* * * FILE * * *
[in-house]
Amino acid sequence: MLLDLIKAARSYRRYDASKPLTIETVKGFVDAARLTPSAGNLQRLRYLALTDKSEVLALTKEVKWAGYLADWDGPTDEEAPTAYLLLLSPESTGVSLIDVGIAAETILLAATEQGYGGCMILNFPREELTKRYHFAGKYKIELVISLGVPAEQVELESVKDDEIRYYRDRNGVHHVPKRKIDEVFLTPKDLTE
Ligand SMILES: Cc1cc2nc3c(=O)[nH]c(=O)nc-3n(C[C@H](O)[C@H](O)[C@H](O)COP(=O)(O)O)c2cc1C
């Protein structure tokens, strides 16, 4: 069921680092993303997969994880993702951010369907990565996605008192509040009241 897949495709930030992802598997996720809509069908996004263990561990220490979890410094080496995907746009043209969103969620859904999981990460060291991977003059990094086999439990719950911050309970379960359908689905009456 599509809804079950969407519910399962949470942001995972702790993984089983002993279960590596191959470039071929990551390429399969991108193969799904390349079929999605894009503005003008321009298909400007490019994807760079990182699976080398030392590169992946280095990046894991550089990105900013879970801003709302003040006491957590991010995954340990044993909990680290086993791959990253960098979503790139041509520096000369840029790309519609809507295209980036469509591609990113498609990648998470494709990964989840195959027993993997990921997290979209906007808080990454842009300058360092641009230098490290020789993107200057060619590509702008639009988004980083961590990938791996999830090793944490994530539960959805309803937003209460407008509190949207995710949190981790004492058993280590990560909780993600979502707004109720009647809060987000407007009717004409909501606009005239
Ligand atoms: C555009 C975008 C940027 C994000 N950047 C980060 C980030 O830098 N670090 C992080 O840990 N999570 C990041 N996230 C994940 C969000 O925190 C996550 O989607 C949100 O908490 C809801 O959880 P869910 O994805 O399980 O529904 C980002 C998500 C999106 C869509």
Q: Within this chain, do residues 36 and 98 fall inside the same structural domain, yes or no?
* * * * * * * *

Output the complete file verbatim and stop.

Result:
[in-house]
Amino acid sequence: MLLDLIKAARSYRRYDASKPLTIETVKGFVDAARLTPSAGNLQRLRYLALTDKSEVLALTKEVKWAGYLADWDGPTDEEAPTAYLLLLSPESTGVSLIDVGIAAETILLAATEQGYGGCMILNFPREELTKRYHFAGKYKIELVISLGVPAEQVELESVKDDEIRYYRDRNGVHHVPKRKIDEVFLTPKDLTE
Ligand SMILES: Cc1cc2nc3c(=O)[nH]c(=O)nc-3n(C[C@H](O)[C@H](O)[C@H](O)COP(=O)(O)O)c2cc1C
């Protein structure tokens, strides 16, 4: 069921680092993303997969994880993702951010369907990565996605008192509040009241 897949495709930030992802598997996720809509069908996004263990561990220490979890410094080496995907746009043209969103969620859904999981990460060291991977003059990094086999439990719950911050309970379960359908689905009456 599509809804079950969407519910399962949470942001995972702790993984089983002993279960590596191959470039071929990551390429399969991108193969799904390349079929999605894009503005003008321009298909400007490019994807760079990182699976080398030392590169992946280095990046894991550089990105900013879970801003709302003040006491957590991010995954340990044993909990680290086993791959990253960098979503790139041509520096000369840029790309519609809507295209980036469509591609990113498609990648998470494709990964989840195959027993993997990921997290979209906007808080990454842009300058360092641009230098490290020789993107200057060619590509702008639009988004980083961590990938791996999830090793944490994530539960959805309803937003209460407008509190949207995710949190981790004492058993280590990560909780993600979502707004109720009647809060987000407007009717004409909501606009005239
Ligand atoms: C555009 C975008 C940027 C994000 N950047 C980060 C980030 O830098 N670090 C992080 O840990 N999570 C990041 N996230 C994940 C969000 O925190 C996550 O989607 C949100 O908490 C809801 O959880 P869910 O994805 O399980 O529904 C980002 C998500 C999106 C869509």
Q: Within this chain, do residues 36 and 98 fall inside the same structural domain, yes or no?